Jul 15, 2014

Is a second Snowden spilling more NSA secrets?

Not only has the NSA targeted people for merely reading about privacy-enhancing software, there's now speculation that there might be a second Snowden.

Stilgherrian — Technology writer and broadcaster


Technology writer and broadcaster

For the last couple of weeks, sections of the cyber security community have been absorbed by questions of greater import that those of the round ball. Is Edward Snowden the only whistleblower, or does the National Security Agency now face a second leaker? If so, what do they know? And what does it mean for the surveillance debate?

The speculation began after German television network Das Erste reported on XKeyscore, a system used by the NSA and its Five Eyes intelligence partners — and approved partner nations, including Germany and Sweden — to filter the massive inflow of raw communications intercepts to find the nuggets of interest. It’s a search engine, in other words — except that according to previously revealed presentations, it can also operate in real time, with each installation sifting through 10 gigabits per second of data that’s being channeled into it from anywhere.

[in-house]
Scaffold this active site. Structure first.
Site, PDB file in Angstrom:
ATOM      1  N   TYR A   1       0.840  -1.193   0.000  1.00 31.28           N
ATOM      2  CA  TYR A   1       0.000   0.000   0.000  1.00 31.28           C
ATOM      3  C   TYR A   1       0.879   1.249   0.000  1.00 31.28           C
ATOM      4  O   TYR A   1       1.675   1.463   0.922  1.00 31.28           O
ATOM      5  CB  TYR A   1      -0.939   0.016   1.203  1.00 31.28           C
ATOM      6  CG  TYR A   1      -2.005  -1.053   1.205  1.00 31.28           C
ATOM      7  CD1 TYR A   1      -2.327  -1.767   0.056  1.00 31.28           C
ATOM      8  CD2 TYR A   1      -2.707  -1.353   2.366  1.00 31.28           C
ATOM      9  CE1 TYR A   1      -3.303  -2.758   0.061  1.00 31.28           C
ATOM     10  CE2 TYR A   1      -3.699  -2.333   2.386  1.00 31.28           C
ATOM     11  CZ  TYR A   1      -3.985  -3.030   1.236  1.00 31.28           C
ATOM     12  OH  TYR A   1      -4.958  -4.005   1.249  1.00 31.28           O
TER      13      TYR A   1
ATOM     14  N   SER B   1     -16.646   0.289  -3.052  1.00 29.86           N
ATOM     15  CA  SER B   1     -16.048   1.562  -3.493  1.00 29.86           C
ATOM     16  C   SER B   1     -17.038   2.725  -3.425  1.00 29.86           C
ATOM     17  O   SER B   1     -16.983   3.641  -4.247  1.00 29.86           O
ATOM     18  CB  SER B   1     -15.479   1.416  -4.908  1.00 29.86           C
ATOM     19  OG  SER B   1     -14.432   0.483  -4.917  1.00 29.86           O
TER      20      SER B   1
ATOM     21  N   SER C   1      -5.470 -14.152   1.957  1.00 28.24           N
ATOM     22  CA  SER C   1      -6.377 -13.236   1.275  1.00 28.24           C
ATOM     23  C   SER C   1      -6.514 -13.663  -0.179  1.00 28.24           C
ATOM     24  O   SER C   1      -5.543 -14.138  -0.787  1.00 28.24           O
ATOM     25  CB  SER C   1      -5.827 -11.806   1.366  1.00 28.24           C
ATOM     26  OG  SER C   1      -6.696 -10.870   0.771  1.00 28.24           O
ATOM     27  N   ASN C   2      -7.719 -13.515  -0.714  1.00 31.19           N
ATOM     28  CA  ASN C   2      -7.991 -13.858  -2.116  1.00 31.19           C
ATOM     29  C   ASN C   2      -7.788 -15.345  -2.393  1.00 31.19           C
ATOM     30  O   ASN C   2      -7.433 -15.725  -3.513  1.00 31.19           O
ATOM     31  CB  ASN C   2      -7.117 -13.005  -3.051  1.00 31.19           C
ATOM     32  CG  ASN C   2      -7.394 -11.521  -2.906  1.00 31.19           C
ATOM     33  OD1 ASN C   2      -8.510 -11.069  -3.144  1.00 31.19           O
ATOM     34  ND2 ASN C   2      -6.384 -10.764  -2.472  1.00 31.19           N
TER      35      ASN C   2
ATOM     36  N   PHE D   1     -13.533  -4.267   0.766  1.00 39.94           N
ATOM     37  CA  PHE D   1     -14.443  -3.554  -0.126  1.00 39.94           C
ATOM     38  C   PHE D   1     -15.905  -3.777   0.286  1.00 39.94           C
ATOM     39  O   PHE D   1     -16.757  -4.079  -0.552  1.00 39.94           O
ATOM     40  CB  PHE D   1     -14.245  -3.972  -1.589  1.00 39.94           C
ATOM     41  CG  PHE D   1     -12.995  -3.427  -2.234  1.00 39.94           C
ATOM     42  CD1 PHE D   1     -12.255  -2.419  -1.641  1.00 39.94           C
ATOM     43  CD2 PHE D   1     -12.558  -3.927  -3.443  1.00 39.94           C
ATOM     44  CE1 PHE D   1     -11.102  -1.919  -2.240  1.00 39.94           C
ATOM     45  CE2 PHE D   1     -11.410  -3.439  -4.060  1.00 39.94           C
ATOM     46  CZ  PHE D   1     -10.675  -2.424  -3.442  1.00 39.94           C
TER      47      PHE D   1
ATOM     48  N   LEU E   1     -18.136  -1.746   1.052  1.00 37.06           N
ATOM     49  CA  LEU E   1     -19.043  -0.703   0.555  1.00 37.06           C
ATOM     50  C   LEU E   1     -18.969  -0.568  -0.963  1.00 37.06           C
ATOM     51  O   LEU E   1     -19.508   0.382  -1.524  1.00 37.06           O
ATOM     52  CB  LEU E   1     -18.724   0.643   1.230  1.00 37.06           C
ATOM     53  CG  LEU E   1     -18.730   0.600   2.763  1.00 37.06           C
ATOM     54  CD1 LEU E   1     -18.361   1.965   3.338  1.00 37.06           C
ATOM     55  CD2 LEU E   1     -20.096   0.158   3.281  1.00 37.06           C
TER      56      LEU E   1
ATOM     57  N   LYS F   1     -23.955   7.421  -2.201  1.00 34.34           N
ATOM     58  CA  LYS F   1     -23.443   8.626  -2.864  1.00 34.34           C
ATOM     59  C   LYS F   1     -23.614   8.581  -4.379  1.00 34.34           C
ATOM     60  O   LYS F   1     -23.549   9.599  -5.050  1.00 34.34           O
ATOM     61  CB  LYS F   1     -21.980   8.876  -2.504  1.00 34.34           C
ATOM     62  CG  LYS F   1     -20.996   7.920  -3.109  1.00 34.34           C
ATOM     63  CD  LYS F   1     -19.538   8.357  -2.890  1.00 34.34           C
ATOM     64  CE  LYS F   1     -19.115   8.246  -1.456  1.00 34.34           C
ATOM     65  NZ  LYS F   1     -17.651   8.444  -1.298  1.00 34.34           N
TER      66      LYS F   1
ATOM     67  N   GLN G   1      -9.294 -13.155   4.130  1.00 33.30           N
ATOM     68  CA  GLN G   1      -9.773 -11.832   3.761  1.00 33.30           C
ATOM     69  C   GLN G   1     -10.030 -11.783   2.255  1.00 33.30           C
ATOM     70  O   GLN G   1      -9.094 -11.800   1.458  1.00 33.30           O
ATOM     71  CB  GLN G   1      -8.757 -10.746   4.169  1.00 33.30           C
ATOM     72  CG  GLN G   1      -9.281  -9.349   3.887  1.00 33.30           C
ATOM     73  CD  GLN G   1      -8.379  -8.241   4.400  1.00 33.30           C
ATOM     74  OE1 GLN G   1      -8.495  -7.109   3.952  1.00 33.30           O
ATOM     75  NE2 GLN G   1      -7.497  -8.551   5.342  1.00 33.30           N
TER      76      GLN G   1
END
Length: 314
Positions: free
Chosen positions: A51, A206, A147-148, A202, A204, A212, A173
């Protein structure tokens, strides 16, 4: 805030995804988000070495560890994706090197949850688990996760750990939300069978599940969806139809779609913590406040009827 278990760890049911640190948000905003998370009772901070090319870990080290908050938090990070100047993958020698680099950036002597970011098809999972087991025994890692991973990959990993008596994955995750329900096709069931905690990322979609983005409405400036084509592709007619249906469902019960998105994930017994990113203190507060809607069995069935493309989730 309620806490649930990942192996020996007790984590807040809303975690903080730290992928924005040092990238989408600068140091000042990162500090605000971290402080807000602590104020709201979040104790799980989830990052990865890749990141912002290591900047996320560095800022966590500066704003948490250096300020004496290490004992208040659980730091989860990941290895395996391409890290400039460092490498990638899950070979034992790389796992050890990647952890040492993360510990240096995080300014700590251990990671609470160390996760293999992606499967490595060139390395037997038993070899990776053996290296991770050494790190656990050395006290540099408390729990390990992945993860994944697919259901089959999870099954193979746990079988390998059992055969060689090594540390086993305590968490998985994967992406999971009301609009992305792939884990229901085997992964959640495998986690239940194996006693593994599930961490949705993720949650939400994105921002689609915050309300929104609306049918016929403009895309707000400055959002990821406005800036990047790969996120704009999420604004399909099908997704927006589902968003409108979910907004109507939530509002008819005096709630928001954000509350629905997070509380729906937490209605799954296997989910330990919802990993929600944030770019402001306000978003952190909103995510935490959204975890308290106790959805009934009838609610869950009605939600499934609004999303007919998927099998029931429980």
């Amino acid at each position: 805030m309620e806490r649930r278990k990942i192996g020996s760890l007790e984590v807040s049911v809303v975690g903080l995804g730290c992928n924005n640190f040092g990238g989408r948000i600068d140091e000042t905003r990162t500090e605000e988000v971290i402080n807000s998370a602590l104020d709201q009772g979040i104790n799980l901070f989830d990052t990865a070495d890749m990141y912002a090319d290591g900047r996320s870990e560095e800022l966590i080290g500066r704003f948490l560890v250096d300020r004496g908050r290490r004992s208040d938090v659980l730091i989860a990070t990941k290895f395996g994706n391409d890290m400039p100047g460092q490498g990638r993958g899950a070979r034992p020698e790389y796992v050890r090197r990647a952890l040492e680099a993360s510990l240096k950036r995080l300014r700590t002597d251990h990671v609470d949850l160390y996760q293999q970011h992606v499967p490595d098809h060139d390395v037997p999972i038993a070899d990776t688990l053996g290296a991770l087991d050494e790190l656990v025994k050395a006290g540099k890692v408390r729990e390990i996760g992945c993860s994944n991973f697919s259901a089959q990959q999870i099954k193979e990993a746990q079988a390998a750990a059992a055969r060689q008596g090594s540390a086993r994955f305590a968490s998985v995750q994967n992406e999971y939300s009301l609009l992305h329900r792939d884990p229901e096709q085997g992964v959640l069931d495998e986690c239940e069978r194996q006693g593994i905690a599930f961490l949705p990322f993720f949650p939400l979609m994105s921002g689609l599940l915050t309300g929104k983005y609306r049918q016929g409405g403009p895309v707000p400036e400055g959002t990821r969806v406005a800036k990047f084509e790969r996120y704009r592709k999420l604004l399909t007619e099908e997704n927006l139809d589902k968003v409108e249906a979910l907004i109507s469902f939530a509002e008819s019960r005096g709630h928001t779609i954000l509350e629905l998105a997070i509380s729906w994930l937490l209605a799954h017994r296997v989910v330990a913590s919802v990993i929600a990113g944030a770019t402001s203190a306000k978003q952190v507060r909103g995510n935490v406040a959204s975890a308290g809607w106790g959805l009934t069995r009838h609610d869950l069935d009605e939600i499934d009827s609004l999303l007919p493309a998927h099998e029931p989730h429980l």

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4 thoughts on “Is a second Snowden spilling more NSA secrets?

  1. Limited News

    No doubt Appelbaum et al are frustrated beyond belief at Greenwald’s ponderous release of the Snowden leaks, via his elite-funded First Look outfit.

  2. Yclept

    There’s a way to create jobs. A viral campaign to have millions of people searching those terms regularly. What a boon for the security industry!

  3. AR

    It is a mundanioty but those who would yield the freedom for security will get neither but we’ve given far more for far less, EZY shopping & porn.
    Why did anyone ever imagine that bureaucrats, who’ve been around since cuneiform & soft clay – through Kafka’s bicycle licence to the brisk round up of Dutch Jews – would not get their claws into this.
    And without all those uncomfortable, leaky trenchcoats and windy corners,

  4. Ian

    Greenwald’s ponderous release of the leaks are probably a good idea, firstly because it allows time for research into the various revelations and secondly because it keeps the public and media continually engaged.

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